The place was crowded. People had been forced into only one fifth of what once was all theirs. We were constantly threatened, bombed, displaced and even slaughtered. We felt insecure and scared but we could not go anywhere. I was upgraded from a refugee to internally displaced person. Not much change – just different words to describe the same suffering and pain. As internally displaced people, we were assigned a monthly food package by a United Nations agency. It allowed us to survive, thanks to donors who shared their money and food with us. My childhood memories? Standing for hours in food lines, moving from one shelter to another, burying loved ones and struggling with disease and health problems.
Life for me has never been stable. Yet I have always dreamed of a place called home. I have often stood by the walls that keep us inside the camps and peeped through holes in them. What my eyes took in was another world. I saw open space and fields, I felt the fresh breeze on my face. I imagined myself at home – in a place where I belonged to the earth, to the sky, to the rocks, to the sand, to the trees, to the hills and to the breeze. A place where I would be welcomed as a human being. To me, home is like nothing else.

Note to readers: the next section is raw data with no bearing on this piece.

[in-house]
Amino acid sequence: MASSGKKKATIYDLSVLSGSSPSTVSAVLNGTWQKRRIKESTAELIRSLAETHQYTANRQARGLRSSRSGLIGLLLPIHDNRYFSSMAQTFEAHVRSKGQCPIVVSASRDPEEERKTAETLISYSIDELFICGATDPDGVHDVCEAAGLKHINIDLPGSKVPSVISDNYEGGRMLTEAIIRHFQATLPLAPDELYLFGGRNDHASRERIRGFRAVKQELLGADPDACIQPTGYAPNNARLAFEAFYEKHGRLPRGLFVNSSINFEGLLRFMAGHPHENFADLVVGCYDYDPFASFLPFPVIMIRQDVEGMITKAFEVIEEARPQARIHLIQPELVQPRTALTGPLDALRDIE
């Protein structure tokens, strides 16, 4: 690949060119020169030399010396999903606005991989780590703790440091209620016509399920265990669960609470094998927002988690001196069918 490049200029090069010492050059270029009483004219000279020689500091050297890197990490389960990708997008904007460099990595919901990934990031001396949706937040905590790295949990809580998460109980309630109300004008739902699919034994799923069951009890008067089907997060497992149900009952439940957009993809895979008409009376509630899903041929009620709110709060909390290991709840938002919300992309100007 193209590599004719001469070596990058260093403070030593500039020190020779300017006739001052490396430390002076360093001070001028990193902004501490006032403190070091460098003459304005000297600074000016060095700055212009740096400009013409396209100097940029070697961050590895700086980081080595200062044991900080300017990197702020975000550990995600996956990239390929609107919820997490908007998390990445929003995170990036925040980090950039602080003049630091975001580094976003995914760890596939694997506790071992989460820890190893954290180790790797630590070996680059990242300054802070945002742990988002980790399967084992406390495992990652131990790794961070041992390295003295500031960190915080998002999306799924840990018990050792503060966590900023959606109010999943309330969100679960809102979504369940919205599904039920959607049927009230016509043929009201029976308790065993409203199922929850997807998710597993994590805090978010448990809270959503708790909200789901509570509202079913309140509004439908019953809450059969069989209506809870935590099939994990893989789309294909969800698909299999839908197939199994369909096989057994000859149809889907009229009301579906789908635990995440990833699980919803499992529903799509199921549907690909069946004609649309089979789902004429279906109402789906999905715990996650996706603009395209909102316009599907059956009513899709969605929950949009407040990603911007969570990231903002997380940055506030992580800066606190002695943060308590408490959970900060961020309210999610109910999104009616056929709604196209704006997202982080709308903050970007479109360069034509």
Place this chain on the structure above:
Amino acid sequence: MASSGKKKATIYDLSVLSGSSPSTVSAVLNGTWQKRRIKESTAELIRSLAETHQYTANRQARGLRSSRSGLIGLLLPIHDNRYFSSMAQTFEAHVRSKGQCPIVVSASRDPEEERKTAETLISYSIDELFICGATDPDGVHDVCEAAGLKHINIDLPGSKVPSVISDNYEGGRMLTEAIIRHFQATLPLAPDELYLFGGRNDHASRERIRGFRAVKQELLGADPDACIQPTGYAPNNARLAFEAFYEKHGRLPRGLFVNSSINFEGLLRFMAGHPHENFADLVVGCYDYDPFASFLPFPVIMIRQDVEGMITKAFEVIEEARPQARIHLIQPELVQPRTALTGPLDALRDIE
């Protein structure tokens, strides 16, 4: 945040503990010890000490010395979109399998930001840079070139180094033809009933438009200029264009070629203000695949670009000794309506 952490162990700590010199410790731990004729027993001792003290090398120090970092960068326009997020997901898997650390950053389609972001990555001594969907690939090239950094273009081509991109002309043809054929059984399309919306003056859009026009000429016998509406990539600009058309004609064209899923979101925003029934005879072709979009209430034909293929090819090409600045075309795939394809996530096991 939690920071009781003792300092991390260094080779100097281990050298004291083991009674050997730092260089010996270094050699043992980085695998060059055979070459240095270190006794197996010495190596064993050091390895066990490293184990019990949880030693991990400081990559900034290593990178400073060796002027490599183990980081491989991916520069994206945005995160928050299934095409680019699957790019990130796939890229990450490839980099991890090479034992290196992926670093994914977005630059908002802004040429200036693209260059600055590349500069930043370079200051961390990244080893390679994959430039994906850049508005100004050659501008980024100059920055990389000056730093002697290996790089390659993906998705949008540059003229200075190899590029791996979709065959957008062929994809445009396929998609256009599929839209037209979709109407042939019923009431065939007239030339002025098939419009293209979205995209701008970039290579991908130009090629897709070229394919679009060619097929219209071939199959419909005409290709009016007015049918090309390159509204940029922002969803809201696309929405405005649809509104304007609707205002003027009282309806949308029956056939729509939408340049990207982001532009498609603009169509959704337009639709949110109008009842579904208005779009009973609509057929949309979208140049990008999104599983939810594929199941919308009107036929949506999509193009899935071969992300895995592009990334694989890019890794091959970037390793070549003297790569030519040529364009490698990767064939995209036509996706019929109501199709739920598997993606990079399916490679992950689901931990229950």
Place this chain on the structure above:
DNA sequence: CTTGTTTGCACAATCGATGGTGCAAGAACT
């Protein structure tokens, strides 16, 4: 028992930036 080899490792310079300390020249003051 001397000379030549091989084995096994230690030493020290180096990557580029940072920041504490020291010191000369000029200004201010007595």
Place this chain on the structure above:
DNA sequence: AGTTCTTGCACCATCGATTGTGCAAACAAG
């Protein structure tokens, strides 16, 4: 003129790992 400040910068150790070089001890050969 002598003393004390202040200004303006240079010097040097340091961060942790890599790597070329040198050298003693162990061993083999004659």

Today, the world observes World Refugee Day. On this day, we do not celebrate. We are reminded that there is no place for us in this world. We just remember the moral failure of our human race. On the World Refugee Day, I will only make one wish: that all those around the world forced from their homes, longing for home, will be refugees no more.
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